There are lots of glaciers out there that contribute to sea level rise, but those are surprisingly less dynamic than many in Iceland. There is also a sizeable information gap on Icelandic glaciers, as they are much less studied than their more famous melting counterparts.
An investigation led by scientists at Western Kentucky University is trying to change that. The exploratory study is sampling 12 glaciers throughout the country every few months to try and get a handle on the changes that the sheets experience throughout the year. It involves students from the university, the Iceland Meteorological Office and other researchers from the University of Akureyri.
Work there has only just begun, with researchers hoping to return later this year to gather more data.
“We have 12 glaciers and 25 different sites that we’re sampling over a year,” said Jason Polk, associate professor of geoscience at Western Kentucky University. “We want to see how things change from the summer melt to the peak of winter.”
To gauge the water situation in the field, he and others are measuring temperature, pH, conductivity, dissolved oxygen, total dissolved solids, turbidity and nitrates with a YSI ProDSS optical handheld. The variety of data they’re gathering will help to clue them in to where the water is coming from.
“When you’re out in the field, the challenge is to get equipment for study that will stay together,” said Polk of the ProDSS. “But the calibrations have held wonderfully and we’ve gotten some great data.”
In addition to those direct measurements, researchers are collecting discrete water samples for analysis back in the lab. Things of interest there include radiocarbon and tritium within, which are used to figure out how old the water is.
“A lot are young — less than 1,000 years old. Not a lot has been done to measure the dynamics of the substrate meltwater,” said Polk. “We’re also doing a texture analysis, trying to characterize the chemical and physical parts of samples.”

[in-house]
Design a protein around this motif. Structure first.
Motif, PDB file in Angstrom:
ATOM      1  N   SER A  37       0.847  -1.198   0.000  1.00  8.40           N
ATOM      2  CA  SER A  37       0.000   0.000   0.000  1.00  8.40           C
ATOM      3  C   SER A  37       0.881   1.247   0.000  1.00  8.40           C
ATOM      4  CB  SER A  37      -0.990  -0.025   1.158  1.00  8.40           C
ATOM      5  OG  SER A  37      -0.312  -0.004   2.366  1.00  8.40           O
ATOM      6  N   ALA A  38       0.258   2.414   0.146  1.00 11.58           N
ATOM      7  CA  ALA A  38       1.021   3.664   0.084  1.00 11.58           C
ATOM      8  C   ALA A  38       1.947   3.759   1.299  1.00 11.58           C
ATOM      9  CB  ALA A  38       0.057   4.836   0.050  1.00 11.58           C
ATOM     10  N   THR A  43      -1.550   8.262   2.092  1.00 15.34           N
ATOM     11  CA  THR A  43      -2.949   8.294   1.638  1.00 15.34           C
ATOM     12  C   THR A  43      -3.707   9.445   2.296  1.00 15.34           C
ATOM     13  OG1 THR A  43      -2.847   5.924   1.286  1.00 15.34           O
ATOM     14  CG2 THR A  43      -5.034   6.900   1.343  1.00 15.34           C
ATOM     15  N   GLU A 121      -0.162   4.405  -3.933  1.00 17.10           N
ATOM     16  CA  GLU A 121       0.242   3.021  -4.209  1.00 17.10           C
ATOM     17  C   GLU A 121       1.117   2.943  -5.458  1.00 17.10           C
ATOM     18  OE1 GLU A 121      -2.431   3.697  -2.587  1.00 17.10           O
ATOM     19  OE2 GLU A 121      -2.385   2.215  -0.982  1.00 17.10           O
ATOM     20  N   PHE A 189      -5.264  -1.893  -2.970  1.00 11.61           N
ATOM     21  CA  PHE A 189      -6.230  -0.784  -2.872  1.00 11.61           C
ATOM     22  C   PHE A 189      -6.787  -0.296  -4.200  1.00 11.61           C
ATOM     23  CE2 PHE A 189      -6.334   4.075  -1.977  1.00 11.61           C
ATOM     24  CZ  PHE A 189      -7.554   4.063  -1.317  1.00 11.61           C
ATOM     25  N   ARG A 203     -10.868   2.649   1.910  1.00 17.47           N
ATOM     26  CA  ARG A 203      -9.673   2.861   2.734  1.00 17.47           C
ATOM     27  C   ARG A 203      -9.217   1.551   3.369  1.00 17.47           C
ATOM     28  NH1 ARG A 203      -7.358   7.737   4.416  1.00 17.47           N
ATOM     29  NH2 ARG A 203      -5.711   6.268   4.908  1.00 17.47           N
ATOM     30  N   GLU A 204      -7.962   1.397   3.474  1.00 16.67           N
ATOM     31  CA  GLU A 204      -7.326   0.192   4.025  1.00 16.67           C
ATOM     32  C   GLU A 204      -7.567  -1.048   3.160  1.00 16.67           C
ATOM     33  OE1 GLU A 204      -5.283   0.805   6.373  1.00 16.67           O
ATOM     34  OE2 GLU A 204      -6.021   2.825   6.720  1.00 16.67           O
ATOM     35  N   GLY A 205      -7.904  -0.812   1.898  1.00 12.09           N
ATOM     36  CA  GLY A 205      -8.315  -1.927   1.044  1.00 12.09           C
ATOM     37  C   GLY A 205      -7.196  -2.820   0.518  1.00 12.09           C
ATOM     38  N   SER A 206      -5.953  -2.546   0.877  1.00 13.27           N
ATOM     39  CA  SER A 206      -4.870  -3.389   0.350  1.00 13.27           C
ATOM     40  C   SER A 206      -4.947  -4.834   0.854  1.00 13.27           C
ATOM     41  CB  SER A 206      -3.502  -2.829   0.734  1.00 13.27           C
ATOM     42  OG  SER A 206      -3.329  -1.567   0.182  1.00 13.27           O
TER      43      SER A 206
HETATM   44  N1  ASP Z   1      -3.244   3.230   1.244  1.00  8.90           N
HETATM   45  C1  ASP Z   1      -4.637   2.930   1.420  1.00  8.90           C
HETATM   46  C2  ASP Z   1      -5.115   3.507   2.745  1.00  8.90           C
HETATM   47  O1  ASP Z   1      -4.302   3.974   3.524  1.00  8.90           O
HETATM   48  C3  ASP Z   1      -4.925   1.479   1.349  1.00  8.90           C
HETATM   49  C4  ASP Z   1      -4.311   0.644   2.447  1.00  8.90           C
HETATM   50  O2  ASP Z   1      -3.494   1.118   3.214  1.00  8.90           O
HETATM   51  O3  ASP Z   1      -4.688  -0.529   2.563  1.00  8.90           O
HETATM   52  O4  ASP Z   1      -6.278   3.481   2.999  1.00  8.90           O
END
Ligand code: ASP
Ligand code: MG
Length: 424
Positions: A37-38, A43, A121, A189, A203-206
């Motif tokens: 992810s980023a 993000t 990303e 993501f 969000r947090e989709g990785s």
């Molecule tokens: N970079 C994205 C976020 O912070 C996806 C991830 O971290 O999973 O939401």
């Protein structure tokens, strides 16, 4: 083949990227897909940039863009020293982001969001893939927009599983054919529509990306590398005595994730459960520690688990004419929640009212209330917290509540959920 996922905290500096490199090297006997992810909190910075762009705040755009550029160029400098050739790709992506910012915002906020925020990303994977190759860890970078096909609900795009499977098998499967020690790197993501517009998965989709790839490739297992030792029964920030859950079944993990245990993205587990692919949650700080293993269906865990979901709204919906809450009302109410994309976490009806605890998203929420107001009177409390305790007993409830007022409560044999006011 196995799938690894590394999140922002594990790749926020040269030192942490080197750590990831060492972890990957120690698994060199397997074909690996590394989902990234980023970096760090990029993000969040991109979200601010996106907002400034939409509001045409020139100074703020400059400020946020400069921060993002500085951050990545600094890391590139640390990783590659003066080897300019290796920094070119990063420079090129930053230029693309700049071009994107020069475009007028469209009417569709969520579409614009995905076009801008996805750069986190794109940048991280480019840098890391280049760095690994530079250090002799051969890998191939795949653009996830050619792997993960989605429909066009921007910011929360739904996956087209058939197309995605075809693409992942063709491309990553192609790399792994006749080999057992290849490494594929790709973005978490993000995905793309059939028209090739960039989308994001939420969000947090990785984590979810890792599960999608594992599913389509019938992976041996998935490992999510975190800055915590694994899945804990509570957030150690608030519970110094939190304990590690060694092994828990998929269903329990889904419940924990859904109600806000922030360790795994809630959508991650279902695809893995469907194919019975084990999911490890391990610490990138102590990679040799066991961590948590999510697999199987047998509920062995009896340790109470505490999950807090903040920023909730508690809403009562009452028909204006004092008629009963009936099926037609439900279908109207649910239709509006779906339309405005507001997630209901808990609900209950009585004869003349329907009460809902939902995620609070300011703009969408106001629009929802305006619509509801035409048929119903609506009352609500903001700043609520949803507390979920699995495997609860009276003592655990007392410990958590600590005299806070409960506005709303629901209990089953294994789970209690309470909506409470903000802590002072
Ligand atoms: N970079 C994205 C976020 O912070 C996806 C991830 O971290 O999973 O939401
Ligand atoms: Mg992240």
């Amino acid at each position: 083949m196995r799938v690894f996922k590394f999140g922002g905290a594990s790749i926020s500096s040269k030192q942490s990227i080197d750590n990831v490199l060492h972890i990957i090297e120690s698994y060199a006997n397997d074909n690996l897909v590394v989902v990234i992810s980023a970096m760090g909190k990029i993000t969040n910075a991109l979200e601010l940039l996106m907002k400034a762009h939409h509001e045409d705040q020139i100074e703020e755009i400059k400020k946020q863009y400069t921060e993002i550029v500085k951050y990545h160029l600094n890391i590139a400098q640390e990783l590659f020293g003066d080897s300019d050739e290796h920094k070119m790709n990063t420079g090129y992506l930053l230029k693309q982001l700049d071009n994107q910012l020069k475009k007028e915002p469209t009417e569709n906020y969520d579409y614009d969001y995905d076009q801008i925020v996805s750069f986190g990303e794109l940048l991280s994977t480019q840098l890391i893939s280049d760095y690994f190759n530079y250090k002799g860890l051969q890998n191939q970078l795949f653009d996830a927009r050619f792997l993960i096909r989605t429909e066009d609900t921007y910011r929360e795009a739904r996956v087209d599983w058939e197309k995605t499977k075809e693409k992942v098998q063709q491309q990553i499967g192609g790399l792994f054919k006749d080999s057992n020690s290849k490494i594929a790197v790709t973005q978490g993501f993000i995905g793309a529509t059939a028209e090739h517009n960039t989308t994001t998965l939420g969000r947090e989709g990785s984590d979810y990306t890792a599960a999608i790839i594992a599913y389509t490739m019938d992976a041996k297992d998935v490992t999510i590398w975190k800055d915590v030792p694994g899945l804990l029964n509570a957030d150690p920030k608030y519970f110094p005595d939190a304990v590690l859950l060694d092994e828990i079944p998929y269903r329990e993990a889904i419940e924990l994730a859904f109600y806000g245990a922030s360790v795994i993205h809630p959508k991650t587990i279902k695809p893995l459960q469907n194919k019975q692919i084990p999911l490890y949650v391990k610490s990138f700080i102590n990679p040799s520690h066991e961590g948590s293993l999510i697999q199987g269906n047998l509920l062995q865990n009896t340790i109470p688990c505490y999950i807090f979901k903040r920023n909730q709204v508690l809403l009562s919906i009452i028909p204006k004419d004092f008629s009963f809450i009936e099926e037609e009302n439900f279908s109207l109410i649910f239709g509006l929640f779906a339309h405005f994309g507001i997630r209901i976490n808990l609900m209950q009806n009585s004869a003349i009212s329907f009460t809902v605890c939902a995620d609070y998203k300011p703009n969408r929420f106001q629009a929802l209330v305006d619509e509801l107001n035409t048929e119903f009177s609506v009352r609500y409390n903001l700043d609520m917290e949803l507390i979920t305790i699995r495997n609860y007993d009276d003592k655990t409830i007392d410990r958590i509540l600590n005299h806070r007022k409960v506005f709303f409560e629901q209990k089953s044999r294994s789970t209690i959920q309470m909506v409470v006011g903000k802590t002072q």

Polk says he and others are also capturing meltwater samples at the glacial surface and then downstream where they feed the ocean. The idea there is to see how conditions can change over distance.
The Meteorological Office, which is chipping in some of its monitoring data, is interested in learning more about flooding that sometimes occurs near the glaciers. This can take place due to glacial lakes that burst through the ice and submerge areas below.
Complicating that further is a healthy tourism sector that brings more than 1 million people to Iceland each year. The country itself only has 300,000 in population.
“People were out there on the roads when we went out to sample in June. There was a nice glacial foot bridge that we took a hike over,” said Polk. “We came back about two weeks later and it was blown out by a flood. The bridge is lost.”
The entire work is just getting its start at this point, Polk says, noting that there is still much more work to be done. In the future, he’d like to set up long-term monitoring stations that can gather data with an eye toward broader timescales.
The investigation is a thesis project for Anisha Tuladhar, a masters student in Polk’s department. She was intrigued by the Icelandic glaciers after studying similar ones in Nepal.
Featured Image: Glacier sampling site in Iceland. The black substance coating the glacier is volcanic ash. (Credit: Jason Polk / Western Kentucky University)